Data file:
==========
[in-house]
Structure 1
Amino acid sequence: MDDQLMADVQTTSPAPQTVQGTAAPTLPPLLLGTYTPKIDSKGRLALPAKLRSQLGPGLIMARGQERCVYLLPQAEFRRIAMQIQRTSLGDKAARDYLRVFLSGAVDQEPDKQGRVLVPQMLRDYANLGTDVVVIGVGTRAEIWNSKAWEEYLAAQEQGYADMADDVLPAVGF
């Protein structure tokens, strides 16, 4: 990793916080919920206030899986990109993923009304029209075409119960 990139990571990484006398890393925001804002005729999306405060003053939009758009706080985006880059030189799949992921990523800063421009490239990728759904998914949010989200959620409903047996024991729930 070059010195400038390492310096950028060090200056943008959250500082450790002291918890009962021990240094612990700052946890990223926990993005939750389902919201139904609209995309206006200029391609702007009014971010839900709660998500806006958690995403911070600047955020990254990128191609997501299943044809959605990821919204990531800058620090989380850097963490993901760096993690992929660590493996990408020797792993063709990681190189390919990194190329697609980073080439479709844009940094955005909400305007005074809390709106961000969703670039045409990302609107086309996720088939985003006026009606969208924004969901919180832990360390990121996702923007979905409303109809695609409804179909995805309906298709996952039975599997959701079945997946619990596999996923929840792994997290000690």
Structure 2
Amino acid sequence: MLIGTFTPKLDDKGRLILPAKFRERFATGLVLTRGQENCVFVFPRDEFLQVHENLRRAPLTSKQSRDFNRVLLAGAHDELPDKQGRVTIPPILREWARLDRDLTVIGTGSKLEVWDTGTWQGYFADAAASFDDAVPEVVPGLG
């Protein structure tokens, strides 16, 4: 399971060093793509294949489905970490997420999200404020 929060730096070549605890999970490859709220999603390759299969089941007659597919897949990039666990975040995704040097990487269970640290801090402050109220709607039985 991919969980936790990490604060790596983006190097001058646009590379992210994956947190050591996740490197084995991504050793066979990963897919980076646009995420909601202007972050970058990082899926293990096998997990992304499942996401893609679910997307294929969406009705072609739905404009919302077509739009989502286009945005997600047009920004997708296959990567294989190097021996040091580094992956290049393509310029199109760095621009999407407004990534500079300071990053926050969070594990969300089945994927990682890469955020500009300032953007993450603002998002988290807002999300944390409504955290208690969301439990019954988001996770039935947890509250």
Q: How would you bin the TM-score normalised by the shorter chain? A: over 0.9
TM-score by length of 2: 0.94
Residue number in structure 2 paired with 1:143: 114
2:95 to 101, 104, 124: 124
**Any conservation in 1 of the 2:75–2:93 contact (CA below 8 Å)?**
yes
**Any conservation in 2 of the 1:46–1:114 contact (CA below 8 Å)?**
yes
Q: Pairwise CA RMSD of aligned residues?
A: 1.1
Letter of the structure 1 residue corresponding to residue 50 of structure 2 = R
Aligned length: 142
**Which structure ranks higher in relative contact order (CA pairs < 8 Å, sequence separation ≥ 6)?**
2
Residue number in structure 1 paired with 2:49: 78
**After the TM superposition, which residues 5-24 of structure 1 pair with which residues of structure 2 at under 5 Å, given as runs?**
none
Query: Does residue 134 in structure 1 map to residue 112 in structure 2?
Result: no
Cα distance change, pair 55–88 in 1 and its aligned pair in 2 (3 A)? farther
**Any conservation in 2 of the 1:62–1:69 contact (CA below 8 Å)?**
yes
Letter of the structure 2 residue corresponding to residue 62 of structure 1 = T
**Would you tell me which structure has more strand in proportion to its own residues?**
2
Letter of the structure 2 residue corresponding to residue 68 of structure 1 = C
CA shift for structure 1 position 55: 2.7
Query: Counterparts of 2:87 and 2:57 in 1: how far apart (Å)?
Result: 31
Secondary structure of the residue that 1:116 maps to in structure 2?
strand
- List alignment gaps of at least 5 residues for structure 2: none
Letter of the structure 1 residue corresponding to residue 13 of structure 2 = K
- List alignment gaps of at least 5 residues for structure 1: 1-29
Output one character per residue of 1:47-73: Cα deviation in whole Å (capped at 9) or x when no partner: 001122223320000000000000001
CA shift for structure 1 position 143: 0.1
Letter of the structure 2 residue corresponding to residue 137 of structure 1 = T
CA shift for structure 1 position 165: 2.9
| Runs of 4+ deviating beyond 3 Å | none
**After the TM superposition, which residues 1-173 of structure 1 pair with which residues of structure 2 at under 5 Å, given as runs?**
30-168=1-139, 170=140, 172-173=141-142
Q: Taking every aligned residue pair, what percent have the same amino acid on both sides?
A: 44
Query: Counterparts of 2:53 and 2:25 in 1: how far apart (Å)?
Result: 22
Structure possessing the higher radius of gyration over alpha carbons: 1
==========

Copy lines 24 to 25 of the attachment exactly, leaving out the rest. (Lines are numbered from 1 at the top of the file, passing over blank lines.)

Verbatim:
none
Query: Does residue 134 in structure 1 map to residue 112 in structure 2?